May 7, 2018 weblog
Polygamy observed in trio of great horned owls
A trio of great horned owls has been found to be engaging in a polygamous relationship according to an ornithologist with Bird Studies Canada. The finding has been reported by Doug Main with National Geographic.
Great horned owls are notoriously territorial, which is why finding two females building nests next to each other was so unusual. Also unusual was the single male bringing food for both of the females as they sat on their eggs. Such behavior, Christian Artuso (with Bird Studies Canada) suggests, likely indicates that the male mated with both females—an example of polygamy. If true, the observation would be the first record of it.
The birds were discovered outside of an office window by Jim Thomas at the Desert Research Institute in Nevada. He alerted the Nevada Department of Wildlife's David Catalano, who is also an ornithologist. Upon viewing the birds, Catalano described the situation as "very, very odd." Not only are great horned owls very protective of their territory, they are also believed to be monogamous. This is the case for most raptors, Main notes, likely due to the huge demands on the male to feed both himself and the female while she is nesting. To follow what was going on, technicians at the Institute set up a webcam to allow others to see the unique situation, as well. Main reports that the owls became quite popular.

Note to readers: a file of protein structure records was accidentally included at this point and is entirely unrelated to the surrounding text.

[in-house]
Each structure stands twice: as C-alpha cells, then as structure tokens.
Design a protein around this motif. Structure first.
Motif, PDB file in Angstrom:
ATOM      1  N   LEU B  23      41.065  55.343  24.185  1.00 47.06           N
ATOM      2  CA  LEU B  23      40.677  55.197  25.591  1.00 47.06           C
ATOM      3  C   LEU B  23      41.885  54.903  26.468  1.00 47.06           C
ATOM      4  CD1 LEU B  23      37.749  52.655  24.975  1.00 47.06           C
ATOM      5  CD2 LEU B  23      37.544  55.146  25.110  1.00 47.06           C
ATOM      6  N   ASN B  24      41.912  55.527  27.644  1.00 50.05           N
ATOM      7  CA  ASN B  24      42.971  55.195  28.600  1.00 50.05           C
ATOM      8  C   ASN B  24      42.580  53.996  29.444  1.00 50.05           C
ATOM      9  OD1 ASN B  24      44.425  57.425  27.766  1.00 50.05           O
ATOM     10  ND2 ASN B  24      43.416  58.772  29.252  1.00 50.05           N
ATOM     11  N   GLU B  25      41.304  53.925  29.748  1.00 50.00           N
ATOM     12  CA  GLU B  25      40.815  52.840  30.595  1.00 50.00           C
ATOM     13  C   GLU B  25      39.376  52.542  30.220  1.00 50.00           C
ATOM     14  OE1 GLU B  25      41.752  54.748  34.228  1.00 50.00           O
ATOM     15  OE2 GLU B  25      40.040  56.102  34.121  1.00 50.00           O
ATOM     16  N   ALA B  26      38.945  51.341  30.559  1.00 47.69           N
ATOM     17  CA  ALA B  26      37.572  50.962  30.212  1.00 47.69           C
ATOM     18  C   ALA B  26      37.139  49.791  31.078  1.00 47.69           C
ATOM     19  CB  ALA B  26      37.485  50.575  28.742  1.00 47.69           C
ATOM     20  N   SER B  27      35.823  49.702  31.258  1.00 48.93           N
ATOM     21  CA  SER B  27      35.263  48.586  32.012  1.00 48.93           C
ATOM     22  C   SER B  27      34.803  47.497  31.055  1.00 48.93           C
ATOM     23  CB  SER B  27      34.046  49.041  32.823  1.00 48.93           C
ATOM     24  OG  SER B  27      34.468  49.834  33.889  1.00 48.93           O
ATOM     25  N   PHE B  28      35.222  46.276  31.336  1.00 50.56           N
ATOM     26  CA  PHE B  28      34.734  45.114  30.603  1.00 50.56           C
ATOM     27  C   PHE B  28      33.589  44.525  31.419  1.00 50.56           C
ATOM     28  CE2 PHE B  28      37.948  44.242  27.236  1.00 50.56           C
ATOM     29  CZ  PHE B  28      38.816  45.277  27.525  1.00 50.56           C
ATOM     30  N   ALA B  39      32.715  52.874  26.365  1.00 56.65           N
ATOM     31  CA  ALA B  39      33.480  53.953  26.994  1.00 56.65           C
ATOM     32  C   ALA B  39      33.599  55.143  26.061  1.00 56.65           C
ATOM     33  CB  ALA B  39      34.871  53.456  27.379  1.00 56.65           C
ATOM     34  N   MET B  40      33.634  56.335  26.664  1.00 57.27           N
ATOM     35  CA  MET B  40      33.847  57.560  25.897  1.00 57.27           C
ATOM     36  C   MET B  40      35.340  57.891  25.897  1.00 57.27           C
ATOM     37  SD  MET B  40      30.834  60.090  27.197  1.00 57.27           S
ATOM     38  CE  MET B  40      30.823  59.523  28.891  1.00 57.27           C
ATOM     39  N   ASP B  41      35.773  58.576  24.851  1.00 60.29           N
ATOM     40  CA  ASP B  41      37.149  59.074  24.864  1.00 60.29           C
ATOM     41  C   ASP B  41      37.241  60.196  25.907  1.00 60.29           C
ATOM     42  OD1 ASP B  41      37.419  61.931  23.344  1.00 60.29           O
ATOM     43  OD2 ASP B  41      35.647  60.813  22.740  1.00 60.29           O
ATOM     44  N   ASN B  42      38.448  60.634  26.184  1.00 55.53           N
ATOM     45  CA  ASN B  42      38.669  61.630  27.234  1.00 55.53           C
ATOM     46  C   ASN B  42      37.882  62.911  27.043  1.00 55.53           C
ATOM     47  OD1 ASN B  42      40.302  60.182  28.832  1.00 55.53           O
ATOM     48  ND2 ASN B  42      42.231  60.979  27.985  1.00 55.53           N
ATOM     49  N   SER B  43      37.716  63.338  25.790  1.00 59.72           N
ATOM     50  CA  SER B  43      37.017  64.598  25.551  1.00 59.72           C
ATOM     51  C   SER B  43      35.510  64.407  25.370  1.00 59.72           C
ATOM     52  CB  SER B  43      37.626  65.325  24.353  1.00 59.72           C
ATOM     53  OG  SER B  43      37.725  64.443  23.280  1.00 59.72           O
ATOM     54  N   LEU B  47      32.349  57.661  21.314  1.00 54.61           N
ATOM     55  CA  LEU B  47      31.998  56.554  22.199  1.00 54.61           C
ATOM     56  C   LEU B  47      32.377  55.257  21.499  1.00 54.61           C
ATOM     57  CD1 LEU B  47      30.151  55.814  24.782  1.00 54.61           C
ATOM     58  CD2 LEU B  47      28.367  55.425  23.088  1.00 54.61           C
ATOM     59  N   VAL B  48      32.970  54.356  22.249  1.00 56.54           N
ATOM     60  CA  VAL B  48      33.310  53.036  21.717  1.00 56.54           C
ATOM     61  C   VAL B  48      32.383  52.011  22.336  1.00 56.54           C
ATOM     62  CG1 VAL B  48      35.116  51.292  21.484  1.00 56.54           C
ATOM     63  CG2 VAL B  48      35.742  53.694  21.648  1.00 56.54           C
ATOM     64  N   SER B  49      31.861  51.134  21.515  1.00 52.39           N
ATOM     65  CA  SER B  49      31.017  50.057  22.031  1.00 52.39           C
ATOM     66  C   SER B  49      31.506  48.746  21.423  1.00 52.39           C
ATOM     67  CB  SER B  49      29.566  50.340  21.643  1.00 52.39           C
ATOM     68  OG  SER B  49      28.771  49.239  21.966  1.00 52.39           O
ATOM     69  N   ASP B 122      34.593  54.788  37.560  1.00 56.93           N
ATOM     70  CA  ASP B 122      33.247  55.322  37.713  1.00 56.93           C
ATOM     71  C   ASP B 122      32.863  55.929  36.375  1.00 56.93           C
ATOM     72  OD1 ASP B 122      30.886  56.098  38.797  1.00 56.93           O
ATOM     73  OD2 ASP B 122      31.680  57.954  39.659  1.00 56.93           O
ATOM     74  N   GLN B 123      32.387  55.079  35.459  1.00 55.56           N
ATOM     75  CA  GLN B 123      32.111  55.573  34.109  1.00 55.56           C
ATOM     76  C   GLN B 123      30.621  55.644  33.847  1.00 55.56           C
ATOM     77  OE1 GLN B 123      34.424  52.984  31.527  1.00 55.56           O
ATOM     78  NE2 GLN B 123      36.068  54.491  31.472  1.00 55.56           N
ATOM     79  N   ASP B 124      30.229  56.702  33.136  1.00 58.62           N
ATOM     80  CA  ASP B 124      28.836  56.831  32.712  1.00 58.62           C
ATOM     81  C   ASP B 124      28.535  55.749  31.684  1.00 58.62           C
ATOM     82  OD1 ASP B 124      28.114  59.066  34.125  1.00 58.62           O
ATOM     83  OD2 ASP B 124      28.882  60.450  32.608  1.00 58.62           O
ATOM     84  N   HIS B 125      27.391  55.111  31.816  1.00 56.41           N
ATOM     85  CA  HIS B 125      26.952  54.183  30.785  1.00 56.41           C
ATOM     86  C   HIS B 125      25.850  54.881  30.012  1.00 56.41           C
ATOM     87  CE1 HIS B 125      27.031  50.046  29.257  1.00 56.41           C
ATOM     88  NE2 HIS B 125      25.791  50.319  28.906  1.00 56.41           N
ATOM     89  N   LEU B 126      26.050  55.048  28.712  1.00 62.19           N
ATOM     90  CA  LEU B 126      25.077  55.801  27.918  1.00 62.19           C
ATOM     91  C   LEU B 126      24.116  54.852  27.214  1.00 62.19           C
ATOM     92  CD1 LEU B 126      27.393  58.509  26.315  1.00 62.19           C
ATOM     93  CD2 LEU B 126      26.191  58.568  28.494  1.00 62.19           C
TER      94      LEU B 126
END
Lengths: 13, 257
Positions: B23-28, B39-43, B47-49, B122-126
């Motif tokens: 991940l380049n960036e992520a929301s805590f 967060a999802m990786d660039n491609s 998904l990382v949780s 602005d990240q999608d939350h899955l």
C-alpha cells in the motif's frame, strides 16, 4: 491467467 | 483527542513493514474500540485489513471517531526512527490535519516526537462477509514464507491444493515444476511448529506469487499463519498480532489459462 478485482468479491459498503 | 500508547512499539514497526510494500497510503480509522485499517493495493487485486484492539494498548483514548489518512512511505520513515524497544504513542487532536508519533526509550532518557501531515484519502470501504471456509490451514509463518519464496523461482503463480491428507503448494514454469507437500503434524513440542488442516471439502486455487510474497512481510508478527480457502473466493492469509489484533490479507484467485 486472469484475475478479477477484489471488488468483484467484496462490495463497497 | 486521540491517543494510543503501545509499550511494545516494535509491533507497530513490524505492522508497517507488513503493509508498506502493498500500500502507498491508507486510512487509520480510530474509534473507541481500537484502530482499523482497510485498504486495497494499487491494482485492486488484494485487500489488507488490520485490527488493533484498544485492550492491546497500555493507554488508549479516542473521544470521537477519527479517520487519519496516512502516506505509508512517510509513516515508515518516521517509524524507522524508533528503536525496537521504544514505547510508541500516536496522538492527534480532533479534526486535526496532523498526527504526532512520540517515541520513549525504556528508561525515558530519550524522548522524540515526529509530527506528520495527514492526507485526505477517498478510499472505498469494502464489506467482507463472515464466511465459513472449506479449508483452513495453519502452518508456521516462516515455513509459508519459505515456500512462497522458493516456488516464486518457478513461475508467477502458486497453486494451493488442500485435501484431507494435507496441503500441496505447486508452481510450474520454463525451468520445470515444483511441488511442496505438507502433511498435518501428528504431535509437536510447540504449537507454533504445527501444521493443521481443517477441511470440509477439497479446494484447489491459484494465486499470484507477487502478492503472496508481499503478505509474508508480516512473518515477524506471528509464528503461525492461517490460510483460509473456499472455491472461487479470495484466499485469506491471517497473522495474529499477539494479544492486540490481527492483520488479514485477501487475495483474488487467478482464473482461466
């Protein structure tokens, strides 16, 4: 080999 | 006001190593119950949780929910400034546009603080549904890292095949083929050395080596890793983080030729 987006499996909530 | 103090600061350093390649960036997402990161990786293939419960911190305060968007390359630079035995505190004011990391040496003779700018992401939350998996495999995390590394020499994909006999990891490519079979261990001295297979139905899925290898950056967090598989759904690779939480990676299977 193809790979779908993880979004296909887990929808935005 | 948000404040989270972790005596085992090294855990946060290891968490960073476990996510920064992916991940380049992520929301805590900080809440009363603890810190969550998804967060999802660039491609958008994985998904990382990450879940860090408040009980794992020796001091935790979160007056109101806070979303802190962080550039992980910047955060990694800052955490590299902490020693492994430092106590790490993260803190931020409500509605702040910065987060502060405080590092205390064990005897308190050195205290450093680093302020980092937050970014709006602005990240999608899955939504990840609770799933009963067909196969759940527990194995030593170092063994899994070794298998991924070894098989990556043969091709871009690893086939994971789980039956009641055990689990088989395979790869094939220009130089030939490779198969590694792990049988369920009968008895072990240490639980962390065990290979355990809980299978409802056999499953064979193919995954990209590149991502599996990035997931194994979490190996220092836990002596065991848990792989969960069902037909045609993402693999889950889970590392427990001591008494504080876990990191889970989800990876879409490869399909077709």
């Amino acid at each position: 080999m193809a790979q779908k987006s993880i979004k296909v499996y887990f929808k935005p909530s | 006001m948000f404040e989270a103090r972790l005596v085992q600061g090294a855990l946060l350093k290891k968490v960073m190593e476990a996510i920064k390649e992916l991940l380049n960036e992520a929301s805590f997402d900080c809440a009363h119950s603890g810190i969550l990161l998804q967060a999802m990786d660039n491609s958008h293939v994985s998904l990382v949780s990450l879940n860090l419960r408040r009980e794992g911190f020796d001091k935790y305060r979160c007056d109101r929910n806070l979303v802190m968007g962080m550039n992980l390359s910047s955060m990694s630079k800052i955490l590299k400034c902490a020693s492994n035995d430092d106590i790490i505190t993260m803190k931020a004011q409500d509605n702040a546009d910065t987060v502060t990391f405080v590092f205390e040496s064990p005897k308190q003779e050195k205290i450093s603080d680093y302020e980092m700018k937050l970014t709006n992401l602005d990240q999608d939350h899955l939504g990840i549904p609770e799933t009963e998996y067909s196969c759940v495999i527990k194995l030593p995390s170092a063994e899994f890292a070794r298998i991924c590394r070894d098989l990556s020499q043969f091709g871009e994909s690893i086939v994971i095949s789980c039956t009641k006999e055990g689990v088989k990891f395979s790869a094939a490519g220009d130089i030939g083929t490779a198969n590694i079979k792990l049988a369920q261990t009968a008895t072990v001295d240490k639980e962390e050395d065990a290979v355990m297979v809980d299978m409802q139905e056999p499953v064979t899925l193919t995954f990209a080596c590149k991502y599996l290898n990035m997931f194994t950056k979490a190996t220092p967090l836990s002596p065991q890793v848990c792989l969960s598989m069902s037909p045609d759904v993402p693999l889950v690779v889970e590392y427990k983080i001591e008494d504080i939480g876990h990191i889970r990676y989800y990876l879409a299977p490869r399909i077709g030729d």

But there was more oddness to come. For unknown reasons, none of the eggs for one of the hens hatched. Instead of leaving, that hen simply became a second mother to the owlets that hatched to the other hen.
Catalano suggests the odd behavior could be due to the females being related. It could be a mother/daughter relationship, he notes, or they might siblings. No testing of the birds was done, so he cannot say for sure. Nor was it possible to determine if both hens had actually mated with the male. Staff at the Institute reported that the two hens did at times have tussles, but managed to raise two owlets quite well. One has reportedly already left the nest.
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